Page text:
Monday, 26 September 2016

Here on Earth (3 Stars)


This is the ninth film starring Leelee Sobieski, made in 2000 when she was 16. It's one of her weakest films for a variety of reasons, none of which have to do with her excellent acting, the only reason to watch the film. The love triangle is totally unrealistic. The changes of heart by the main characters in the course of the film are difficult to fathom. Josh Hartnett, usually an actor I appreciate, comes across as bland and empty. But worst of all, for me at least, is that the film involves cancer.

But let's get back to what the plot is about, so you can decide for yourself whether you want to watch it. Leelee Sobieski plays Samantha, a waitress in her mother's diner in a small town in Conneticut. She's been dating farm boy Jasper since she was in school. Neither of them has a future to speak of, it's that sort of place. People grow up, leave school, get married, have kids and die.

Nearby there's a different world, a parallel society. There's an exclusive boys' school, Rallston, just outside of town. That's where rich parents send their children to get the best education money can buy, putting them on the fast track to university and a career in politics, law, medicine, banking or anything else that makes a lot of money.

The kids from the school look down on the townspeople. The kids from the town despise the boys from the school. Two different worlds. So sparks fly when Kelley, the Rallston valedictorian, makes a play for Samantha. Even worse, after the diner is wrecked in a car race between Jasper and Kelley, the two boys are forced by the local no-nonsense judge to work together to rebuild the diner. Kelley moves into a spare room in the house of Samantha's parents. We just know what will happen next.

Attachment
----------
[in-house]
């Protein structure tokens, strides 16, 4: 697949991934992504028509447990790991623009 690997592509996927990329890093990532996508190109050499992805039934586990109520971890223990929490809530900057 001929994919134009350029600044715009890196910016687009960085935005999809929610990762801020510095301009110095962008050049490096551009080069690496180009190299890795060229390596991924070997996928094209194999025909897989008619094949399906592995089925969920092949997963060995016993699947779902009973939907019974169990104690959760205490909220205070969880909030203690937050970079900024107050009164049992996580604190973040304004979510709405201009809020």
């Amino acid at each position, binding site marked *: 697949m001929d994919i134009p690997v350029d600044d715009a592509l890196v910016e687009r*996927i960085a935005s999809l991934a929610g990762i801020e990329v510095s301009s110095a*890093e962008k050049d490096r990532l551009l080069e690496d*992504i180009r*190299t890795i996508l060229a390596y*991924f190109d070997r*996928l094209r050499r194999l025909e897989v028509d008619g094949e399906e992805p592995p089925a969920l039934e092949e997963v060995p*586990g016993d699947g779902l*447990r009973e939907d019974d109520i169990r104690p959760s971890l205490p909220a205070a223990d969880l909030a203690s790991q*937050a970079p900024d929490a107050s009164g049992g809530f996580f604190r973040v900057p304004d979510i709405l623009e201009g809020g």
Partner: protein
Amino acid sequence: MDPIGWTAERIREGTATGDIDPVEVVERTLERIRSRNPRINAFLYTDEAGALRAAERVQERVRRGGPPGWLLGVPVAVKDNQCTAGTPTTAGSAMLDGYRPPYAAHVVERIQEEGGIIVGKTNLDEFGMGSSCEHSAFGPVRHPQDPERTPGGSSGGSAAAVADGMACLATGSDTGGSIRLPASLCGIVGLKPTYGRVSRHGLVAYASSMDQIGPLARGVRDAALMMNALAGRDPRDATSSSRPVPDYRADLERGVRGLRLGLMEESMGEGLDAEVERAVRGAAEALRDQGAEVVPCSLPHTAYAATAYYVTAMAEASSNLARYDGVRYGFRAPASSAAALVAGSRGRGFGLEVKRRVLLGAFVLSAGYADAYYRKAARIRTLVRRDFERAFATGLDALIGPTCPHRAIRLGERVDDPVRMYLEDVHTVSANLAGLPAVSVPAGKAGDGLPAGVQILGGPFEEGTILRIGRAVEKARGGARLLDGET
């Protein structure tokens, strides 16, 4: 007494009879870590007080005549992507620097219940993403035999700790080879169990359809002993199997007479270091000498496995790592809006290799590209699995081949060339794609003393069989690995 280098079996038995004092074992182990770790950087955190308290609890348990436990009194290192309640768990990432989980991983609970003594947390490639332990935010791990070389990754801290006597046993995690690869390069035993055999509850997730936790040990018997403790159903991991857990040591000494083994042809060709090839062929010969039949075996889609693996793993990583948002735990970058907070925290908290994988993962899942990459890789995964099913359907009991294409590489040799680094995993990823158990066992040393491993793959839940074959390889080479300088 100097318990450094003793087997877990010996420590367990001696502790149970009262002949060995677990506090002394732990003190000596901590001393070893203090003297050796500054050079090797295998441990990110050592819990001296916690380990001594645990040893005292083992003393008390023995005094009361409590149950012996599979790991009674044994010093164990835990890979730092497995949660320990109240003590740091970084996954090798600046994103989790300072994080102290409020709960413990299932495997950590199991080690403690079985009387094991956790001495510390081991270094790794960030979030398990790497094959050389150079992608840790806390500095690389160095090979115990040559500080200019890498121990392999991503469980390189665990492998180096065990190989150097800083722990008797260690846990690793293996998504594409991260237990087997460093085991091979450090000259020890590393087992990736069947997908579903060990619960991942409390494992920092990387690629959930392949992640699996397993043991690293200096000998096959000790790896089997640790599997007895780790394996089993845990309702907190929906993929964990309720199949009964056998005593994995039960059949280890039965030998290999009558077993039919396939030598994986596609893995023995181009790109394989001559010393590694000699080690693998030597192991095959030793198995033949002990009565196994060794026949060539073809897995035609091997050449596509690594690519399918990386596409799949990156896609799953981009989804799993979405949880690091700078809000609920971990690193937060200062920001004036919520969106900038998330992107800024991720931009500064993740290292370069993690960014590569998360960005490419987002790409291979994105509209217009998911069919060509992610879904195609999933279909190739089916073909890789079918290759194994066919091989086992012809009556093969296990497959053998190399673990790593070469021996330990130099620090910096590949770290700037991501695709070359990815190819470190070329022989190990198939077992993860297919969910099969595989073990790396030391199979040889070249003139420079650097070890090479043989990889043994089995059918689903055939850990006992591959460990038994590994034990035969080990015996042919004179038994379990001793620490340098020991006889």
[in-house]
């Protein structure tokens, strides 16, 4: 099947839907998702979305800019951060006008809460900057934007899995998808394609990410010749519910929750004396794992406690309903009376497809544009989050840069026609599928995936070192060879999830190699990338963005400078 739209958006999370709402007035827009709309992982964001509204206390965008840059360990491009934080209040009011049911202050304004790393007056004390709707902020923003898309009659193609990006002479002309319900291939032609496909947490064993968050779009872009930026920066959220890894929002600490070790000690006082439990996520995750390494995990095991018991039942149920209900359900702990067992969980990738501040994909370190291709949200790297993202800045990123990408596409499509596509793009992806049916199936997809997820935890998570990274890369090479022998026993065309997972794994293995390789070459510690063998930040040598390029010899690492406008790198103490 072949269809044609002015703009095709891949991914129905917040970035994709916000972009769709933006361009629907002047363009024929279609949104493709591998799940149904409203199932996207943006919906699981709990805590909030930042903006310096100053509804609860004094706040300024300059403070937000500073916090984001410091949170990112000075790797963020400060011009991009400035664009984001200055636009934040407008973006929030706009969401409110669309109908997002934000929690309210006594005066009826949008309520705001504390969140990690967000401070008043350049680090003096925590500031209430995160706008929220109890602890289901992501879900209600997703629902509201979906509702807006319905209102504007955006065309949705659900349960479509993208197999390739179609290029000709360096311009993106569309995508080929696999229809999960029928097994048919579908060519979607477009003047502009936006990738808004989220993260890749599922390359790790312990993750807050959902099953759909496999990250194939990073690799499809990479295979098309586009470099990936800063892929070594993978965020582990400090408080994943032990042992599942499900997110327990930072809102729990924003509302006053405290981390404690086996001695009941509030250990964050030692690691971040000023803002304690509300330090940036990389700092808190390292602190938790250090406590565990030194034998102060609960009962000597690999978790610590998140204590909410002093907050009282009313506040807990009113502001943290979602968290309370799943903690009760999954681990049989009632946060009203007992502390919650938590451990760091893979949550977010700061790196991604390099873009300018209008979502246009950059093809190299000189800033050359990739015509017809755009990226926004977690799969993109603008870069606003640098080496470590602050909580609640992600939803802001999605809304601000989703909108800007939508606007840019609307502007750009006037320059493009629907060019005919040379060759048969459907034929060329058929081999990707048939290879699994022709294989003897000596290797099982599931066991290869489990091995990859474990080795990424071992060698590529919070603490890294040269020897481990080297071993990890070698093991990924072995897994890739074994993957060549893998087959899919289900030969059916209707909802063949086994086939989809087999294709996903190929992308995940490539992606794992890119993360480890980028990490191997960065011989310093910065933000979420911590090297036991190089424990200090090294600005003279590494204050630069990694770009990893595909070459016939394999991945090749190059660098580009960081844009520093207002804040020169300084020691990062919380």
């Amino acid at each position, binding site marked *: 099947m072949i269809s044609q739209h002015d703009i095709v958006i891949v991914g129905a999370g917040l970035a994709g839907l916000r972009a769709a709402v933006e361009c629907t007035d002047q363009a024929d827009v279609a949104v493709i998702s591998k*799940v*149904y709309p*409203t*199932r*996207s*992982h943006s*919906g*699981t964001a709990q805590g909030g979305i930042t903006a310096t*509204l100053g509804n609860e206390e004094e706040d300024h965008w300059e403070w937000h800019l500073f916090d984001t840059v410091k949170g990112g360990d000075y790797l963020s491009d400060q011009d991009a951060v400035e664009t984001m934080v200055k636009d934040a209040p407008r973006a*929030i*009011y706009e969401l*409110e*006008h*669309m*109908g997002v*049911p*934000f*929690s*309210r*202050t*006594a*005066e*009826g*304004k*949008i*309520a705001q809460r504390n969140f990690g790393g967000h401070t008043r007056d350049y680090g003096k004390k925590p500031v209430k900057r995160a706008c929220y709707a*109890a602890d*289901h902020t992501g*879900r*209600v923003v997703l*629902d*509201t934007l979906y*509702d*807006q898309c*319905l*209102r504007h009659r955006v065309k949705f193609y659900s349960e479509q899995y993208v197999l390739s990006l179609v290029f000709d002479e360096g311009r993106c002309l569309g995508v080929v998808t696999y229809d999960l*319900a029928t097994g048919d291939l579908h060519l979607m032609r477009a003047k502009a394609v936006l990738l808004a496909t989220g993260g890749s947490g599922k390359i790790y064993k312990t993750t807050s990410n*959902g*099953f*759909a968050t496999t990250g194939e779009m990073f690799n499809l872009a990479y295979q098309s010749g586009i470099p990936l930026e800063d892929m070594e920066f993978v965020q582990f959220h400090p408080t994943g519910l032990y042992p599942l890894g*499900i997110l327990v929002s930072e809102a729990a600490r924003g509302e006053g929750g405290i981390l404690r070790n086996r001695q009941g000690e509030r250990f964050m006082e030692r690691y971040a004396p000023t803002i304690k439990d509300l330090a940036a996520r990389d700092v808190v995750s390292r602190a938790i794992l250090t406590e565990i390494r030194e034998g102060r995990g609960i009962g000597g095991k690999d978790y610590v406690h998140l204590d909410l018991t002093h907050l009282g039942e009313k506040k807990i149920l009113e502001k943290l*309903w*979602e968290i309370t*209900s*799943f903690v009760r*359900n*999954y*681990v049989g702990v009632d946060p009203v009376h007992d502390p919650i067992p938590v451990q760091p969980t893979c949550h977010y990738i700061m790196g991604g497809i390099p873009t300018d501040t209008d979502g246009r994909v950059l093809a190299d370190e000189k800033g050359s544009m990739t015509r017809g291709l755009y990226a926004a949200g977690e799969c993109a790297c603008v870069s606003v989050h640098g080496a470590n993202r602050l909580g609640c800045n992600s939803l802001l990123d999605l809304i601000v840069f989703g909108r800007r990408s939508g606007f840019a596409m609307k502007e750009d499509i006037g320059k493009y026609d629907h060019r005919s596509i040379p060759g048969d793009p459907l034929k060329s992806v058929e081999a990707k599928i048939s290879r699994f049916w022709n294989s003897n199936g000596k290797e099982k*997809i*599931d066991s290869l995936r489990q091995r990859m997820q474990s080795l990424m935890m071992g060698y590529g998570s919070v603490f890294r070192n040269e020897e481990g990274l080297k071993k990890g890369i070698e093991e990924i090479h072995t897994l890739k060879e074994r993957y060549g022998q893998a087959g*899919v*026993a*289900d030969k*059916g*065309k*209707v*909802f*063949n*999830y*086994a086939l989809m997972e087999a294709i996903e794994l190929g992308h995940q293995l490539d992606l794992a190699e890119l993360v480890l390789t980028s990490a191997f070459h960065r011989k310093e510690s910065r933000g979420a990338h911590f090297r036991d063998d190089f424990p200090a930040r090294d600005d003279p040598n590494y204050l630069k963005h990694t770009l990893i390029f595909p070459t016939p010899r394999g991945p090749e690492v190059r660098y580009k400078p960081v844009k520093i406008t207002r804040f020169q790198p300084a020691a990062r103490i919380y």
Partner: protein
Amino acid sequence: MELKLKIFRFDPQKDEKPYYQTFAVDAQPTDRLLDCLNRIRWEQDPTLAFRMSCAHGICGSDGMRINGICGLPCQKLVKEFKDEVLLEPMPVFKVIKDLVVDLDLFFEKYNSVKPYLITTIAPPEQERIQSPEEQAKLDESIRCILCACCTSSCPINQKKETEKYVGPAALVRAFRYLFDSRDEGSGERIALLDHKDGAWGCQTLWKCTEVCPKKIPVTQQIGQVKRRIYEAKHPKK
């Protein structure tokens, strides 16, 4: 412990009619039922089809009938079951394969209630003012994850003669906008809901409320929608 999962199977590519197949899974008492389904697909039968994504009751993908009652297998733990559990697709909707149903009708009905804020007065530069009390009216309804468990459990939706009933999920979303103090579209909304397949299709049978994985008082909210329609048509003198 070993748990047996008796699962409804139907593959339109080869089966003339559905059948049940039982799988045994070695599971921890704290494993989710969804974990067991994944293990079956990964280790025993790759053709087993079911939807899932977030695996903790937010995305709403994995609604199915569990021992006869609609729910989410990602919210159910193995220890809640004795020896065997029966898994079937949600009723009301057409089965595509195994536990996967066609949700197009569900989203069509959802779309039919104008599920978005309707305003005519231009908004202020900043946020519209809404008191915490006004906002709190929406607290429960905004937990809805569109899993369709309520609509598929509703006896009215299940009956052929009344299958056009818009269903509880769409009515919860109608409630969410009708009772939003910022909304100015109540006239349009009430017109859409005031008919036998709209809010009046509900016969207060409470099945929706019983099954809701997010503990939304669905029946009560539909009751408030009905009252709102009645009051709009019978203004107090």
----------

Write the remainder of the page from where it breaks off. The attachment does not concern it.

If that had been the whole plot, I might have enjoyed the film more. But we find out that Samantha has cancer. I'm no doctor, but the way the cancer is portrayed in the film sounds strange to me. Samantha used to run hurdles, but had to quit after injuring her knee in a race. Then she developed cancer in her knee. Can that really happen? Cancer as the result of a knee injury? But the cancer spreads from there. In a hospital scene Samantha's father asks, "How can the cancer spread from her knee to her liver?" I'm asking myself the same question.


Now I'll move onto a subject that's important to me. As I've mentioned in other reviews, Leelee Sobieski said in an interview in 2012 that 90% of acting involves sexual stuff that she doesn't want to do. Along with her new responsibilities as a mother, this was a reason why she quit acting. What's this sexual stuff that she's talking about? I'm not aware of sexual stuff happening in 90% of her films. From memory I'd say that it's less than 10%, and even that 10% is very tame. Since I'm re-watching all of her films I'll keep count as I go along. The first vaguely sexual stuff was in her eighth film, "Eyes Wide Shut", in which we see her for a few minutes running through a costume shop in her underwear. That's hardly worth mentioning. In "Here on Earth" she shares a few passionate kisses with Chris Klein as Kelley.


We also see the two of them waking up in bed together. Is that so dreadful? A pair of naked shoulders poking out from beneath bed sheets? Is this a reason for an actress of her phenomenal talent, probably the best actress who has ever lived, to give up?


As you can tell by browsing my film reviews, I'm no prude. I have nothing against sex scenes in films. However, if Leelee doesn't want to do sex scenes that's fine with me. It's her choice, if she thinks it's incompatible with her married life. However, there are plenty of non-sex roles to choose from. She could appear in films directed by Steven Spielberg. No sex at all, not even suggested sex. Or she could appear in horror films. They rarely contain sex.

Let me start keeping a tally of Leelee's "sexual stuff", so I don't have to look it up every time.

  • 9 films
  • 1 with passionate kisses
  • 1 with off-scene sex

I'll update the list as I continue.

It's worth referring to Roger Ebert's review of this film. It was him who first inspired me to start writing this blog. I make no attempt to imitate his style, but whatever he wrote impressed me. Something I like about him is that unlike other reviewers he was never afraid to change his mind, to tell his readers that he'd reevaluated a film. In his review of "Here on Earth" we think alike. Overall he's disappointed with the film, but he praises Leelee Sobieski as an actress.

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